Enhanced efficiency fertilizer (EEF) is a blanket term referring to products that optimize nutrient uptake and prevent nutrient loss by controlling the speed of release or altering soil-fertilizer reactions.
EEFs intended for agricultural production are commonly nitrogen products, although the technology has been applied to other nutrients such as phosphorous. While agricultural use of EEFs is not widespread in Canada — until recently they were more commonly used in the turfgrass and horticultural sectors — interest in the potential value of EEFs for maximizing profit and benefiting the environment is increasing.
“Depending on the product, what enhanced efficiency fertilizers generally do is release the nutrient in a controlled pattern that matches with crop uptake,” says John Gibson, western sales manager for Agrium Advanced Technologies.
Agrium produces Environ-mentally Smart Nitrogen (ESN), a temperature controlled-release polymer-coated nitrogen fertilizer. ESN protects against the three loss mechanisms for nitrogen — leaching of nutrients below the root zone, denitrification, or loss of nitrogen to the atmosphere in the form of nitrous oxide, and volatilization, loss of nitrogen in the form of ammonia gas. According to Gibson, ESN is the only product in the market that protects nitrogen against all three loss mechanisms, with the added benefit of maximized yield and quality.
“When we have these loss events, whatever nitrogen is in the soil in the nitrate form is susceptible to that leaching down through the soil, or it can volatilize as it converts to gas,” explains Alan Blaylock, manager of agronomy for Agrium. “ESN allows only a small amount of that nitrogen to be released at a time.”
ESN uses a polymer coating to deliver the fertilizer slowly, with the rate controlled by temperature and moisture.
“Depending on the enhanced efficiency fertilizer we’re talking about and its effectiveness in preventing loss, we may be able to achieve the same result with one application that we might achieve with multiple applications,” says Blaylock. “In many cases it’s recommended that you split nitrogen applications into several applications, but that costs the farmer more fuel, more labour. With ESN we’re substituting fertilizer for mechanical applications.”
Agrotain is another type of EEF, a nitrogen stabilizer which can be blended with urea and liquid nitrogen UAN fertilizer, and which works by blocking the enzyme urease, slowing nitrogen loss.
Stewart Brandt, field research manager for Northeast Agriculture Research Foundation, has worked on field trials with Agrotain and ESN, testing how much product can be applied with the seed.
“With Agrotain, early indications were that you could apply more, and the research that was done at that time substantiated that. With the polymer coating the amount you could apply was three times higher than what you could apply with untreated urea in the seed row with the seed,” he says.
Brandt believes EEF products have merit particularly in situations where farmers only have equipment that places fertilizer in the seed row, their only alternative being to broadcast the fertilizer on the soil’s surface. According to Brandt, EEFs are a good fit for growers using zero-tillage farming, unless they’re using banded fertilizer in advance of seeding.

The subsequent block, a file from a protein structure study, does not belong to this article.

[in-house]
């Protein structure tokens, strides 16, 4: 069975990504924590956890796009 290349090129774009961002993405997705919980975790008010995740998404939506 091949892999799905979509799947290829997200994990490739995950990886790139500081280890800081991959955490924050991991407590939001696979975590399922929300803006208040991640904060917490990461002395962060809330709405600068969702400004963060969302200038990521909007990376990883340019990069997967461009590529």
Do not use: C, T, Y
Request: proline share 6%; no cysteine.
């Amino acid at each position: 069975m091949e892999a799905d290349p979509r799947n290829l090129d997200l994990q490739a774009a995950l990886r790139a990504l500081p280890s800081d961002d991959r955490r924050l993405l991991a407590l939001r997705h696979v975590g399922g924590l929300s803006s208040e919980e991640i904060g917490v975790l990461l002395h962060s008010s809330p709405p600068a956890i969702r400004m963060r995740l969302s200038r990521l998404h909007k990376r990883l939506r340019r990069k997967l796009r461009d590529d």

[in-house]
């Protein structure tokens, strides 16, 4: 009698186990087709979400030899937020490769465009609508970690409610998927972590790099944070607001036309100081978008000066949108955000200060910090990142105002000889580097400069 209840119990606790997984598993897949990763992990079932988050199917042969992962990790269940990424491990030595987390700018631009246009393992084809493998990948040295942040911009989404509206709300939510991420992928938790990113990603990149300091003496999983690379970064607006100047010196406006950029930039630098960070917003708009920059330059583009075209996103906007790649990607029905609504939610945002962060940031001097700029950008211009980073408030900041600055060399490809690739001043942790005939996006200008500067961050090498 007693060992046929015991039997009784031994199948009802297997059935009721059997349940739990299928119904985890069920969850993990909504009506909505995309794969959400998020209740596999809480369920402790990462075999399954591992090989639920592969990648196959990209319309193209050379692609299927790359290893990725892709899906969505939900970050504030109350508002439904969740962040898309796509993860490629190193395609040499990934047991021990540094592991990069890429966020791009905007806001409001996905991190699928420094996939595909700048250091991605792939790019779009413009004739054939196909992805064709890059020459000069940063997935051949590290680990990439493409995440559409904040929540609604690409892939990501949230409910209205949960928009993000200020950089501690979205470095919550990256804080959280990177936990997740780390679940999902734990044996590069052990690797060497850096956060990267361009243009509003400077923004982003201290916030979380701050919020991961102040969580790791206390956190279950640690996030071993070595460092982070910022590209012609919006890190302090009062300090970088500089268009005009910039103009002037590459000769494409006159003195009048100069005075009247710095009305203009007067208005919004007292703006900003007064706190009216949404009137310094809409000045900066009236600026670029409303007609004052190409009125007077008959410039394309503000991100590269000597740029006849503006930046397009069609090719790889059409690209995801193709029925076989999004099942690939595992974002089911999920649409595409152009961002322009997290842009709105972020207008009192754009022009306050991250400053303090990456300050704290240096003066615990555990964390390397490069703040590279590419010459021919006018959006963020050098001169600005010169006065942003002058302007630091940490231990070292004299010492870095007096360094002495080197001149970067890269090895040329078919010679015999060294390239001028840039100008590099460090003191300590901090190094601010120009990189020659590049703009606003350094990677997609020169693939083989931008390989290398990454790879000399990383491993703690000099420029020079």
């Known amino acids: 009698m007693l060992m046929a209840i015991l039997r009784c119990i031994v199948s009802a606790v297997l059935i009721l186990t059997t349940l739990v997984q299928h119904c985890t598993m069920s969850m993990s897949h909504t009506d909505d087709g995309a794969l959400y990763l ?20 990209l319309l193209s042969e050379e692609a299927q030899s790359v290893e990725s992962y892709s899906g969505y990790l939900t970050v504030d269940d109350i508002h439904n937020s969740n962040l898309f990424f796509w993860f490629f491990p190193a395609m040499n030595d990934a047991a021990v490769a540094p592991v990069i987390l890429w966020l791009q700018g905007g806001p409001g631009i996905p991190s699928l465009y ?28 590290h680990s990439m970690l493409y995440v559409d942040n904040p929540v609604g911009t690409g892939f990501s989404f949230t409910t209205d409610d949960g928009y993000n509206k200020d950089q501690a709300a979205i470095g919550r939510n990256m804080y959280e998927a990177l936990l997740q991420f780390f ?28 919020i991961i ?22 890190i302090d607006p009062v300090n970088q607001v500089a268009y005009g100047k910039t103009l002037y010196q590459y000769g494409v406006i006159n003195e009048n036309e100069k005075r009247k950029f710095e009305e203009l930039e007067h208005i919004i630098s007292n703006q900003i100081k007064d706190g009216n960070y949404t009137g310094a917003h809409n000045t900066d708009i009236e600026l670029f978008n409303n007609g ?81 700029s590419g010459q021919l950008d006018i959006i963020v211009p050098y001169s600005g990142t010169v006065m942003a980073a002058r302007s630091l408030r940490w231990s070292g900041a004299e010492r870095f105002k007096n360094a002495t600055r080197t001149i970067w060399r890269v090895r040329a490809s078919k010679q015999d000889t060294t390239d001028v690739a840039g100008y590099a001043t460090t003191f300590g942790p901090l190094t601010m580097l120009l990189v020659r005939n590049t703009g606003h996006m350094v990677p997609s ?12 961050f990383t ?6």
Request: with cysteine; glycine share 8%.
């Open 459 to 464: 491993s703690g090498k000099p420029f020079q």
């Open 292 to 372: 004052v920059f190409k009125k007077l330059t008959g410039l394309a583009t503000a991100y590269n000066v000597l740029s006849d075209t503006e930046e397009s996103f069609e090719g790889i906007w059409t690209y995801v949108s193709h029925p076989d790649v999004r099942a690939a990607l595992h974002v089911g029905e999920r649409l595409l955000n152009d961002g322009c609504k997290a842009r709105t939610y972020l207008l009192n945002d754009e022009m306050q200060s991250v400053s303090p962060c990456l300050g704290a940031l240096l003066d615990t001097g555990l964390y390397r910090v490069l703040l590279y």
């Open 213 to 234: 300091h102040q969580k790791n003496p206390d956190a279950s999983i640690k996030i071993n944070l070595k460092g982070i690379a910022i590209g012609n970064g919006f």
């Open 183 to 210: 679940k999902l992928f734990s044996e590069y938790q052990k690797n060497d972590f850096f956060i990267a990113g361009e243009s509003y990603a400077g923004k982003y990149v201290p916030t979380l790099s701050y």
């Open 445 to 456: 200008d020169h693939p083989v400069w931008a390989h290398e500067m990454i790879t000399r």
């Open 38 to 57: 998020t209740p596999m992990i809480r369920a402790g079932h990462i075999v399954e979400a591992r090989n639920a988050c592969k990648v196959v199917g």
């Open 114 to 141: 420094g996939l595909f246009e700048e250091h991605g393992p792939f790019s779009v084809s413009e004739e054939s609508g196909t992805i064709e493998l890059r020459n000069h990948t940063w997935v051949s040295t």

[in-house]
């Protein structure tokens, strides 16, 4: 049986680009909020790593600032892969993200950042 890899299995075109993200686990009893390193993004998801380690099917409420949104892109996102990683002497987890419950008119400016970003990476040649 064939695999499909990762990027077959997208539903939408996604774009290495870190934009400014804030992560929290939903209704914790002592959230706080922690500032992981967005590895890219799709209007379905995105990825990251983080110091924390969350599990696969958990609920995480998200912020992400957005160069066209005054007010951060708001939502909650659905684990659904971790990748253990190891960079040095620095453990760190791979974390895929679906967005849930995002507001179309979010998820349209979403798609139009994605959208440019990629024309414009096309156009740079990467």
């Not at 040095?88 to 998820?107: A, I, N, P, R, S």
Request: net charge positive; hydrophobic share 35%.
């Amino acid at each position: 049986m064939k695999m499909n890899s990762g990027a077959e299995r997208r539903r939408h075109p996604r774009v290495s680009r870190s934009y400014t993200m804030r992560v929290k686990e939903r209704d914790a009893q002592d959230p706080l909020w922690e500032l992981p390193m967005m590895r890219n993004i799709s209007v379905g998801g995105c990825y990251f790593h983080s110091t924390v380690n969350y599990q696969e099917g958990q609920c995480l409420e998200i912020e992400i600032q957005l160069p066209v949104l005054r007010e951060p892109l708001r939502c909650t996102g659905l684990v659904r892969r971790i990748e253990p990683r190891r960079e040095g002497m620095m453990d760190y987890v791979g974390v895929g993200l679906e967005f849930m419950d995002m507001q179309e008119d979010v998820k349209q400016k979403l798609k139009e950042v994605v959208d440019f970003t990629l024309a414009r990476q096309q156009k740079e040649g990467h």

“Most growers are adapting their management systems to the conventional forms of fertilizer nutrients, so they don’t need to apply nitrogen on the soil surface—most of it is banded in some form but is not applied with the seed,” he says. “For seed growers, for example, if you need to apply nitrogen in that situation something like Agrotain might be beneficial because the option doesn’t exist to apply that with the soil—it has to be applied on the soil surface.”
EEFs tend to be pricey, and farmers might question whether they’re worth the premium. But according to Gibson, evidence has shown great results. “Depending on the inclusion rate, ESN costs anywhere from nine to 15 dollars more than the conventional rate, but typically we get a three to six bushel increase on spring cereals, an eight to 10 percent increase on canola and the potato data is so good you’d call me a liar if I told you,” he says.
A clear benefit of EEFs is the protection they offer against the risk of environmental damage through leaching, denitrification and volatilization. But that’s not the only benefit. According to Blaylock, EEFs save producers from losses long-term by increasing use efficiency.
Whether or not products like ESN show dramatic yield increases, less nitrogen lost through leaching is less nitrogen — bought and paid for — lost to a farmer’s pocketbook. And farmers make fewer trips to the field, saving on gas and labour.
“Anything we can do to prevent [nutrient] losses should have a positive impact for the farmer,” says Blaylock. “Stopping those losses doesn’t always influence yield, but we get more of the nitrogen we apply into the crop, and we get a better crop. Or we can grow that crop with less fertilizer. If we’re reducing the loss we can grow that crop more efficiently.”
However, Blaylock warns against using EEFs as a blanket solution. “There are many different products and different modes of action and they don’t all work the same and they are not interchangeable,” he says. “EEF is a broad umbrella term that includes a lot of products. In the end you need to understand the mode of action of the product and match it with the problem you’re trying to solve.”
EEFs have a role to play within the 4Rs of nutrient stewardship — using the right product, at the right rate, at the right time and in the right place — and may be a good bet for farmers looking to improve efficiency and minimize potential impacts on the environment. †